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Arion (record Label)
Arion is a French record company and label founded in 1962 by Ariane Segal. The label takes its name from the ancient Greek poet and lyre-player, Arion. In the 1960s and 1970s Arion was seen as one of the most adventurous and innovative independent labels in France with an eclectic catalogue ranging from classical music to ethnic music to jazz. Its strengths were, and remain, rarely performed classical works and ethnic music.[1][2][3]Contents1 History 2 Repertoire 3 References 4 External linksHistory[edit] In 1962 Ariane Segal, who had been working as a producer for the French division of Ricordi, left the firm with her entire team, including her sound engineer Claude Morel. She established a new independent label, Arion, serving as its president and managing director, while Morel served as the label's artistic director
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G. Schirmer
G. Schirmer, Inc. is an American classical music publishing company based in New York City, founded in 1861. It publishes sheet music for sale and rental, and represents some well-known European music publishers in North America, such as the Music Sales Affiliates ChesterNovello, Breitkopf & Härtel, Sikorski and many Russian and former Soviet composers' catalogs.[1]Contents1 History 2 Composers published by the company 3 References 4 External linksHistory[edit] The company was founded in 1861 in the United States by German-born Gustav Schirmer, Sr. (1829–1893), the son of a German immigrant.[2] In 1891, the company established its own engraving and printing plant. The next year it inaugurated the Schirmer's Library of Musical Classics. The Musical Quarterly, the oldest academic journal on music in the U.S.,[citation needed] was founded by Schirmer in 1915 together with musicologist Oscar Sonneck, who edited the journal until his death in 1928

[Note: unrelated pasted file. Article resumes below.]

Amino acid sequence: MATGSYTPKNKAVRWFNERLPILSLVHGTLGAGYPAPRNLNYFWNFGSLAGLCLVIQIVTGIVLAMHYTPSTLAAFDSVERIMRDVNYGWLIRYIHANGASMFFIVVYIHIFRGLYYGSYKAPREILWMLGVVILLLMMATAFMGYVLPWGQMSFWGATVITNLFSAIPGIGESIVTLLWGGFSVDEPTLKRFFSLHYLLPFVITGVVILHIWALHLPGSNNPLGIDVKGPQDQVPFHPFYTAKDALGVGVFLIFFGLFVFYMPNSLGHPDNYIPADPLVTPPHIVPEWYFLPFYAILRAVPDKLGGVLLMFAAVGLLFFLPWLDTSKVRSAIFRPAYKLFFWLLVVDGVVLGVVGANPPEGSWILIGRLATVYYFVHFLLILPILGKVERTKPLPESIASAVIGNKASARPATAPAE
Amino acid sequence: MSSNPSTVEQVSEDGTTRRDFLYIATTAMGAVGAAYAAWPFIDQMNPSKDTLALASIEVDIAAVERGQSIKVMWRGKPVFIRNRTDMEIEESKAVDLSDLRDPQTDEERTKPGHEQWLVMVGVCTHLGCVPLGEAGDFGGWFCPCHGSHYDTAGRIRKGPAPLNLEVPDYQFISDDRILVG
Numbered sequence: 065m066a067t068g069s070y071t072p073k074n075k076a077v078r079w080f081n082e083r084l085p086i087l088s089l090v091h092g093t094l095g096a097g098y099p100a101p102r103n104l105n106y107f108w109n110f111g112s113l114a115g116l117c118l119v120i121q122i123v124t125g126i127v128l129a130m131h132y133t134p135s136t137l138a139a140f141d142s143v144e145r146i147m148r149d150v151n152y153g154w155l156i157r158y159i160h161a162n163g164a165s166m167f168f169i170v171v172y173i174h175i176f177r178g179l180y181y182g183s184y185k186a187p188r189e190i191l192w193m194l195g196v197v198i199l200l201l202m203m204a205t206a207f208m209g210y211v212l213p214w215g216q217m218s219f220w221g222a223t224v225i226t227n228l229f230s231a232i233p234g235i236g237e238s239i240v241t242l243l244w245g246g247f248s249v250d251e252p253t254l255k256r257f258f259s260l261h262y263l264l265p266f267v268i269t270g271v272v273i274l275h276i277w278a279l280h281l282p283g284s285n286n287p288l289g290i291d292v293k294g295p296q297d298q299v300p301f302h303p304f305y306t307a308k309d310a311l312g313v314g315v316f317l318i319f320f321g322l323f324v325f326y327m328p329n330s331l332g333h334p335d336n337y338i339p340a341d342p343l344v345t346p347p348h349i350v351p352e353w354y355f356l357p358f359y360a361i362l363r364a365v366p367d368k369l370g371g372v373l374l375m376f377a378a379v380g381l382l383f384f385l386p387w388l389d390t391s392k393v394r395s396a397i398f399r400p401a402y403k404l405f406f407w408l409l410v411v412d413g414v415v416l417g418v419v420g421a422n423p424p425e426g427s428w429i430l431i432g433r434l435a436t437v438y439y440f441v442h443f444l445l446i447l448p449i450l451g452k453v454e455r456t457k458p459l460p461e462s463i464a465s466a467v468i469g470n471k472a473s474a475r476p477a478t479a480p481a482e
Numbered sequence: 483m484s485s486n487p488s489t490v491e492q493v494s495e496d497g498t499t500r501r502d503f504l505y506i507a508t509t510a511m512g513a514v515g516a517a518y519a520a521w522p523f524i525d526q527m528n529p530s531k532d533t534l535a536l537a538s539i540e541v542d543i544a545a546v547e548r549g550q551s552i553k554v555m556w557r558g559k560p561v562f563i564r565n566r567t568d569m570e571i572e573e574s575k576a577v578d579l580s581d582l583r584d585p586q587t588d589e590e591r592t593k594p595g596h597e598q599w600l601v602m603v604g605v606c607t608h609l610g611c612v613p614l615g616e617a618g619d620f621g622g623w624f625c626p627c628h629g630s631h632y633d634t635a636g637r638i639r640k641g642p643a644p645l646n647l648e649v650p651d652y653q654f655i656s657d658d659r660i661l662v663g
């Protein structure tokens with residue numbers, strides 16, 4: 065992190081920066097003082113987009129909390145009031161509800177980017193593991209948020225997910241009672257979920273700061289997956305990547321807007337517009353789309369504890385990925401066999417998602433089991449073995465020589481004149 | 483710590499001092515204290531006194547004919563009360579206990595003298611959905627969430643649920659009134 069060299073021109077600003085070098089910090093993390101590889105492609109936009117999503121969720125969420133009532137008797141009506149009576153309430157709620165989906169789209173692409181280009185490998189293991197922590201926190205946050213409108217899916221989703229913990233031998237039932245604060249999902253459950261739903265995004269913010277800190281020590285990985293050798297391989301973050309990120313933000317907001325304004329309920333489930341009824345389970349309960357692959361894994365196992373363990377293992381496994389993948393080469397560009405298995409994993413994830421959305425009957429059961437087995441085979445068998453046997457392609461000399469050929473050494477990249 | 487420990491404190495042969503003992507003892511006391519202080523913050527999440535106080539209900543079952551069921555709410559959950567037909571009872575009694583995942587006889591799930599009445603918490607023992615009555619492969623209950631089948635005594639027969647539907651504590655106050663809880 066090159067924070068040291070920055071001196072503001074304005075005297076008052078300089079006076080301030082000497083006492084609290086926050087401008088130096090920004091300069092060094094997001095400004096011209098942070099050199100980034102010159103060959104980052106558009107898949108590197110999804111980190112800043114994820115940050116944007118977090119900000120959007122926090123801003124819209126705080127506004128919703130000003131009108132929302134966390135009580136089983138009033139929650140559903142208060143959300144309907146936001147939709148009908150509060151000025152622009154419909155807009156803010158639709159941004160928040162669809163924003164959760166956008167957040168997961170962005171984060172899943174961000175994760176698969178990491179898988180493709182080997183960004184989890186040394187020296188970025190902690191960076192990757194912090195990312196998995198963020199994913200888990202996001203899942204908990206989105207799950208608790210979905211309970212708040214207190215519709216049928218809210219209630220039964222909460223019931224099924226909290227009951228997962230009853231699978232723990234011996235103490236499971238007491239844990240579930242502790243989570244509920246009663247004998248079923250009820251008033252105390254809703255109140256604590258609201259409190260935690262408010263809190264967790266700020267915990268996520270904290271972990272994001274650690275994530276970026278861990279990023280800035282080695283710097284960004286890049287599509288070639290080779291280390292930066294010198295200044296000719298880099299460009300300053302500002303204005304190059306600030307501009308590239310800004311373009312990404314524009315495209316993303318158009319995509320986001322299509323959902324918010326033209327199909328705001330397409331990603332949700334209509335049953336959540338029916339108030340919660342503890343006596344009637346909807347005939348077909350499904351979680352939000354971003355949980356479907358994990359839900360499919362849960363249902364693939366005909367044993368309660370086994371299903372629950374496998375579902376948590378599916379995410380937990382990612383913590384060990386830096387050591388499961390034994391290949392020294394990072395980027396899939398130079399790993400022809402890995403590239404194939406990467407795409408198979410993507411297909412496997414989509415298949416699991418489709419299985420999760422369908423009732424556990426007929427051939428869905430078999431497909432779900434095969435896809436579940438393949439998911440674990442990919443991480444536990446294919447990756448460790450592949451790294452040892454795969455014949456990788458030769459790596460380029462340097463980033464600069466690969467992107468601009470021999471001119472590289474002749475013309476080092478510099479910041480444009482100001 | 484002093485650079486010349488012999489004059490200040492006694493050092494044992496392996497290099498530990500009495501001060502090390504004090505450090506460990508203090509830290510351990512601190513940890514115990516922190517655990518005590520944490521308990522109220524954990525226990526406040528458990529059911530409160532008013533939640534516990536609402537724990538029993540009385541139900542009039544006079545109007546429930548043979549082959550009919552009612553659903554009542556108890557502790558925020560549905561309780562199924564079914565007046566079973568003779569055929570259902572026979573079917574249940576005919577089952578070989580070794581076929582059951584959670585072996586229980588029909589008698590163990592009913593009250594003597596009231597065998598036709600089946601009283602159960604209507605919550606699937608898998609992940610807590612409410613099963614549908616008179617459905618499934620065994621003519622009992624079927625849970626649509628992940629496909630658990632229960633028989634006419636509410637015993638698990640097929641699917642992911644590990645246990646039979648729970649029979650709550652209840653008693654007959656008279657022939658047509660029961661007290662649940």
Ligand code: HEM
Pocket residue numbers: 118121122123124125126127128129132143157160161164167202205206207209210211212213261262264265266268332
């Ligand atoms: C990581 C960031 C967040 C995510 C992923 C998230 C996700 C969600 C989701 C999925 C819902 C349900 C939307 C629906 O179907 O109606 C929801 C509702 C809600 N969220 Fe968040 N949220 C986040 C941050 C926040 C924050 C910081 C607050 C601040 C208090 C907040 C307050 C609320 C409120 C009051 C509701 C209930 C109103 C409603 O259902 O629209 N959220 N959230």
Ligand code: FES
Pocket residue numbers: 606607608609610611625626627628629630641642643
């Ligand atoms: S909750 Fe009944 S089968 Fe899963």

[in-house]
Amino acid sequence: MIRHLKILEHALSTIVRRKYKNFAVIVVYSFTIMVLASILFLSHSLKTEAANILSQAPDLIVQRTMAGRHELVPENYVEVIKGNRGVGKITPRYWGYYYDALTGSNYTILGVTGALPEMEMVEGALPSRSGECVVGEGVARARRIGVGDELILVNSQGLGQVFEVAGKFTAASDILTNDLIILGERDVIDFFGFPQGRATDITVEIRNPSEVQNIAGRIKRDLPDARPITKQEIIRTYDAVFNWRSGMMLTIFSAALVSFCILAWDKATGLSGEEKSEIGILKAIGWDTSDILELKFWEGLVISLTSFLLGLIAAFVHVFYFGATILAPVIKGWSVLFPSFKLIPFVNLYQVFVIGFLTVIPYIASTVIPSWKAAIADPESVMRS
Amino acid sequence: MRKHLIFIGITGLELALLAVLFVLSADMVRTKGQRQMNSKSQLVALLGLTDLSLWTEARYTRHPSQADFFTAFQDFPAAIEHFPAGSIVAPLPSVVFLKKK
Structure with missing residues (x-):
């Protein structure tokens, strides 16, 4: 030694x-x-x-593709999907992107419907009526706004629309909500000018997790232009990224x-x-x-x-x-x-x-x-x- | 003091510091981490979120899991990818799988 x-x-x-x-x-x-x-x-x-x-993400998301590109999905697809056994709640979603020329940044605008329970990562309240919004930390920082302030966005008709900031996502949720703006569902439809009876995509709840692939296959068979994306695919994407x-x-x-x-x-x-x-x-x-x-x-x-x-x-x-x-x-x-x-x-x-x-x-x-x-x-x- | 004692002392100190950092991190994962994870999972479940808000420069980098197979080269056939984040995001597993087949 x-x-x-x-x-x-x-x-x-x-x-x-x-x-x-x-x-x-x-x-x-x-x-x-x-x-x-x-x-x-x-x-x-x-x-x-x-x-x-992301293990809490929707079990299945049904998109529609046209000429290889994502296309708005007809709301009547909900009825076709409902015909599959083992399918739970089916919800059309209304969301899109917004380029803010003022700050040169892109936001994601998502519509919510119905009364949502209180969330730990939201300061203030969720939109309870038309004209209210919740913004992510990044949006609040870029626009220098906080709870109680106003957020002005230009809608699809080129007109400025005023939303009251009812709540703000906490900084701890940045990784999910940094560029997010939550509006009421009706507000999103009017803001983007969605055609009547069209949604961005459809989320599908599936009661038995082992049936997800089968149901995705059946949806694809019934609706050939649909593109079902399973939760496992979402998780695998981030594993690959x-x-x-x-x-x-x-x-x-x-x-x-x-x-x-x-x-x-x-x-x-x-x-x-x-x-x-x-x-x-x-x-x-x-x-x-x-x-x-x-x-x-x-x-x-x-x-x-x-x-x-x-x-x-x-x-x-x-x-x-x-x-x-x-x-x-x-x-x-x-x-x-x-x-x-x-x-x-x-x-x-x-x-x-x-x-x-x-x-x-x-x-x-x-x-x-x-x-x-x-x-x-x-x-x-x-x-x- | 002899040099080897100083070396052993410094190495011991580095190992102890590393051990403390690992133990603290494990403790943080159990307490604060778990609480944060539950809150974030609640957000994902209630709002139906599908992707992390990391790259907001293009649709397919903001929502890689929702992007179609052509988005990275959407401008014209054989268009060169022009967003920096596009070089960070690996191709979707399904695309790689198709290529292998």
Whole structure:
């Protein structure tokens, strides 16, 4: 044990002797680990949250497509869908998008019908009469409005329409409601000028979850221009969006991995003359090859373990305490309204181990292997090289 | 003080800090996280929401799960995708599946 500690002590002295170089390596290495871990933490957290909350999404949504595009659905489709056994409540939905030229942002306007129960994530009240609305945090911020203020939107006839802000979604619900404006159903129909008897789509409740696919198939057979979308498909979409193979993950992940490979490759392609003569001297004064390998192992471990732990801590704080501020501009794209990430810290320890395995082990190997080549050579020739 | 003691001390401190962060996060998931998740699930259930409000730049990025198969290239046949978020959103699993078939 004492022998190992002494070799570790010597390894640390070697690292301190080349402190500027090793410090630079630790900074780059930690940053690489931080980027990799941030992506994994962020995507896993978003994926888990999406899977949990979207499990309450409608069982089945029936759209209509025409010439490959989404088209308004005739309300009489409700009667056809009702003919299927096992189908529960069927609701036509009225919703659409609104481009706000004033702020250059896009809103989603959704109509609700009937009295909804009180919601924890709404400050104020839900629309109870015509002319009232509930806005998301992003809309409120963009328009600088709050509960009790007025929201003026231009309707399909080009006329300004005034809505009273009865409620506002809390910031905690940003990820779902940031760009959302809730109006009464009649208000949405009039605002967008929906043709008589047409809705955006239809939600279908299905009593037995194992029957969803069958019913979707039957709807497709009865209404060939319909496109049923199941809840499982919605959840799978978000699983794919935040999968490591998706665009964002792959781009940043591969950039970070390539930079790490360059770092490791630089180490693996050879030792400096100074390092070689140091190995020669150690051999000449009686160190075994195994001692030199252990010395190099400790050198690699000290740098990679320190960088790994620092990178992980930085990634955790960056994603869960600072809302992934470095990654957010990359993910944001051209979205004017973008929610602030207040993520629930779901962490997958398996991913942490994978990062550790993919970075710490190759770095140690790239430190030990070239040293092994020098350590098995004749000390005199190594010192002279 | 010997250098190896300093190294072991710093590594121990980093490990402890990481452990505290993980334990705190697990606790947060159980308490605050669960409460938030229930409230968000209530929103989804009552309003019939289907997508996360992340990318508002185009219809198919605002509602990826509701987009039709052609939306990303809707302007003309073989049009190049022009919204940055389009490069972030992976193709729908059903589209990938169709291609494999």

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Wikisource
Wikisource
Wikisource
is an online digital library of free content textual sources on a wiki, operated by the Wikimedia Foundation. Wikisource
Wikisource
is the name of the project as a whole and the name for each instance of that project (each instance usually representing a different language); multiple Wikisources make up the overall project of Wikisource. The project's aims are to host all forms of free text, in many languages, and translations. Originally conceived as an archive to store useful or important historical texts (its first text was the Déclaration universelle des Droits de l'Homme), it has expanded to become a general-content library. The project officially began in November 24, 2003 under the name Project Sourceberg, a play on the famous Project Gutenberg. The name Wikisource
Wikisource
was adopted later that year and it received its own domain name seven months later